Still smarting, my pain was relieved slightly by the sight of a P-3 Orion fire fighter landing on the parallel runway. In my absence a wildfire had started in the Phoenix area and aerial fire fighting resources from further north had been diverted to Gateway to assist in putting the fire out. The P-3 did a fast turnaround to pick up “slurry” before conducting a very smart low departure. Along with the two larger water bombers, there were also a pair of smaller Air Tractors, also apparently committed to the fire fighting operation.

Both larger aircraft had apparently already made multiple trips that day, but it appears that I had arrived a little late as the fire was by now under control and sadly the Neptune never returned. The P-3 did however, and ended up night stopping. After waiting for it to get dark so I could shoot the T-38 under the lights, I decided to call it a night – another excellent couple of hours at Gateway!

The final day of my trip was Friday, traditionally the busiest day at the airport, when the FBO (Gateway Aviation Services) plays host to quite a few military jets, which often stay the whole weekend. I arrived at about 11am and I was surprised to see the 747-8 was taxying! A mad dash to the photo location ensued (observing all traffic regulations, obviously) to see the aircraft departing. I was struck by how quiet the new 747 is – much improved from the 747-2/3/400 and akin to the Airbus A380. It’s also very, very long indeed, although this is probably accentuated by the freighter version’s short hump.

The next arrival was a military lunch stopper. The cafe at Gateway is very good and seems to be a popular stopping off point for training aircraft on navigation exercises. One such aircraft was a very smart North American CT-39G Sabreliner. These aircraft are used by the US Navy to train Navigation Officers, in a similar capacity to the RAF’s venerable Dominie. It was a real pleasure to see this smartly turned out jet – a classic type, just like the Dominie itself.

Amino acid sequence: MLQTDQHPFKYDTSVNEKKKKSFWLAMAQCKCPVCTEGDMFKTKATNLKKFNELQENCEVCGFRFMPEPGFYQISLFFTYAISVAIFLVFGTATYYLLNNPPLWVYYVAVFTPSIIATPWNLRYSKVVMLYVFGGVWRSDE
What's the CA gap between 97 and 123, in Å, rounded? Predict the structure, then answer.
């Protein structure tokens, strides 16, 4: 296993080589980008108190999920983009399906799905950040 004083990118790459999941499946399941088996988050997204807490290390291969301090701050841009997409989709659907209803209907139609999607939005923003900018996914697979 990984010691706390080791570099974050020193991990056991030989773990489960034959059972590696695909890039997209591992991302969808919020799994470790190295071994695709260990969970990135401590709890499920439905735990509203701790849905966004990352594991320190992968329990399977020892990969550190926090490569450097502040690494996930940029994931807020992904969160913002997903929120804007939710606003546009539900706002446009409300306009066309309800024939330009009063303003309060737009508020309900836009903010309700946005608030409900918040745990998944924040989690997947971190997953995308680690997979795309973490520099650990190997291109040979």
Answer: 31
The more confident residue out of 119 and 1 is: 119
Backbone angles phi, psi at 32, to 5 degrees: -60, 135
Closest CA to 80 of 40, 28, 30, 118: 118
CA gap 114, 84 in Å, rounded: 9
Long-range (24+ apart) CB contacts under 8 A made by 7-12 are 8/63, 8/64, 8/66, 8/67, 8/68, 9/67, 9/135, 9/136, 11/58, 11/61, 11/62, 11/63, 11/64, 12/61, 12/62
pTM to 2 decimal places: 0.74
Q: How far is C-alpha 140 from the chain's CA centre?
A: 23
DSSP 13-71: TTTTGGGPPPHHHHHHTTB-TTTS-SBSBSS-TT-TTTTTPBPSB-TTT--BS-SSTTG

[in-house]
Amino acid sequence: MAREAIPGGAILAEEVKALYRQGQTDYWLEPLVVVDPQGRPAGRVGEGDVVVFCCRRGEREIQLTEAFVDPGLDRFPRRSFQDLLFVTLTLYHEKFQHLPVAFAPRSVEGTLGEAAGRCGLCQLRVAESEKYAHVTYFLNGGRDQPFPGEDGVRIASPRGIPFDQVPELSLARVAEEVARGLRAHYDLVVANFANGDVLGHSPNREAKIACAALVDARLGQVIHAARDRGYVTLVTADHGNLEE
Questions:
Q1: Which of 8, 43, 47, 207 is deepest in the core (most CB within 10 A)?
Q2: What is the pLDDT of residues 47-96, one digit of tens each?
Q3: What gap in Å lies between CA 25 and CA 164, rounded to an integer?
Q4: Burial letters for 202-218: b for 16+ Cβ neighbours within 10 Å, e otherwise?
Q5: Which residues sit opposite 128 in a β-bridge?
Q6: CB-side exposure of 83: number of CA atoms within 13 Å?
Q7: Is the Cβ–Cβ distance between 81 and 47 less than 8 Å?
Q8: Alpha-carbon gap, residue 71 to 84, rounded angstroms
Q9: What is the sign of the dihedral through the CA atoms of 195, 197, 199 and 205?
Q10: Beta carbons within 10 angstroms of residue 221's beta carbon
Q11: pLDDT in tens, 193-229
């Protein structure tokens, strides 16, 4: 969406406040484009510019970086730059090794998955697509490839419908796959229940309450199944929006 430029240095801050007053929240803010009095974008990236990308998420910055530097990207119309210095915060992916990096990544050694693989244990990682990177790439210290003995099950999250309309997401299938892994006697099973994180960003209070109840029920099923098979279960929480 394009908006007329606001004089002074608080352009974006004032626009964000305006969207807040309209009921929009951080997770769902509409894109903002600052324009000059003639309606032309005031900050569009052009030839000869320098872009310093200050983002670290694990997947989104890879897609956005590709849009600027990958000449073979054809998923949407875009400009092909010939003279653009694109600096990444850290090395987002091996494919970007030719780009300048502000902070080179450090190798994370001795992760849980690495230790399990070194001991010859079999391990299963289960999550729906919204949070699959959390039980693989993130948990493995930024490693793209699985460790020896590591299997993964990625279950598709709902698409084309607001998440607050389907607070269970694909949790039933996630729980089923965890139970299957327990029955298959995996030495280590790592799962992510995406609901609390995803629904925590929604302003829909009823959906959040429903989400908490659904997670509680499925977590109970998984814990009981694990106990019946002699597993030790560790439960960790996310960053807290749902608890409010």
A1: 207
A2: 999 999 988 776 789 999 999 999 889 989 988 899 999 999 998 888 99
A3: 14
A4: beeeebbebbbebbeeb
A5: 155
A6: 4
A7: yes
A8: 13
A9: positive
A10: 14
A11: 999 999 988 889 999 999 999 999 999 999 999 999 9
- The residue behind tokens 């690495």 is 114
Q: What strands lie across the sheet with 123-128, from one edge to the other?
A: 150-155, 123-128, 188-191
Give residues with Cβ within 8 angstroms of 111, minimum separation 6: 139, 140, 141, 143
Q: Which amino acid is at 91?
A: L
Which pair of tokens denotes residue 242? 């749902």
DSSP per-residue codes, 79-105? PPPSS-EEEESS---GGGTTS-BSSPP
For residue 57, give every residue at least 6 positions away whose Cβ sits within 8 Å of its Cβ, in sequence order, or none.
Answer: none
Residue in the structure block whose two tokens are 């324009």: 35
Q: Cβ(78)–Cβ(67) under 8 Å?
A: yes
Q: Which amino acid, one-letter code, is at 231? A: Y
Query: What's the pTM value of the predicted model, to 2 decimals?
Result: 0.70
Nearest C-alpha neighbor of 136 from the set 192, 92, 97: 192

The CT-39 departed after lunch and there followed another long period of nothing, punctuated only by the arrival of a Navy T-45 Goshawk trainer. I had one eye on the clock as it would soon be time for me to leave to fly home, and still the 747 hadn’t returned, a full four hours after leaving. With only about 30 minutes until my planned departure time, I finally spotted a large shape in the distance – unmistakably a 747, just not a 747-8, but something all together more lovely!

Much earlier in the day, a couple of the regulars had said that a 747SP operated by Pratt and Whitney was due to visit in the morning, but it never showed and we had assumed it was not going to visit. But, here it was, arriving in far better photographic conditions than we would have had had it turned up when it was supposed to.

After a missed approach, the aircraft joined the circuit, but before it came back for a touch and go, the shape of another 747 appeared on the approach, this time the returning 747-8. For a brief period then, there were two 747s in the circuit at Gateway – that’s double the number that visit the much busier Sky Harbor Airport on any given day!

As if to make light of the hours of nothing, a pair of USMC Harriers also appeared in the circuit, but my time had well and truly run out, and it was time for me to head off to prepare for my flight home!

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2010-07-27 - Matt Nebgen
Paul - It was a pleasure meeting you at Gateway Airport and I hope you enjoyed your stay. I hope the next time you visit we have a full ramp for you to photograph. I know this visit was prior to our meeting but I am glad you were here for our big visitor! Great pictures and article! Stop in and say hi the next time you are through.

2010-06-29 - Greg Bishop
Glad to see you survived the heat! Excellent info and photos; I'm amazed at the amount of activity rolled-up in this blog! You have become a true sun-chaser!